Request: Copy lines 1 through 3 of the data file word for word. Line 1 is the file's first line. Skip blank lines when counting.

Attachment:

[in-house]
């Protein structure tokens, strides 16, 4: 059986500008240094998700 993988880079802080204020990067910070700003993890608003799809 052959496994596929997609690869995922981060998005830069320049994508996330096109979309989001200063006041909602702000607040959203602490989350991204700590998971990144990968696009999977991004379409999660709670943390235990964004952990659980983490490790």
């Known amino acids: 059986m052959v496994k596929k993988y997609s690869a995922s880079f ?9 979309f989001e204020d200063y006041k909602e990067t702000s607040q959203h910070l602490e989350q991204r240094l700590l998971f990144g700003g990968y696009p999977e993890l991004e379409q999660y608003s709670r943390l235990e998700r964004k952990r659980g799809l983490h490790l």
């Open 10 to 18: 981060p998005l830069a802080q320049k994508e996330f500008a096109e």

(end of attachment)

[in-house]
């Protein structure tokens, strides 16, 4: 059986500008240094998700 993988880079802080204020990067910070700003993890608003799809 052959496994596929997609690869995922981060998005830069320049994508996330096109979309989001200063006041909602702000607040959203602490989350991204700590998971990144990968696009999977991004379409999660709670943390235990964004952990659980983490490790």
């Known amino acids: 059986m052959v496994k596929k993988y997609s690869a995922s880079f ?9 979309f989001e204020d200063y006041k909602e990067t702000s607040q959203h910070l602490e989350q991204r240094l700590l998971f990144g700003g990968y696009p999977e993890l991004e379409q999660y608003s709670r943390l235990e998700r964004k952990r659980g799809l983490h490790l």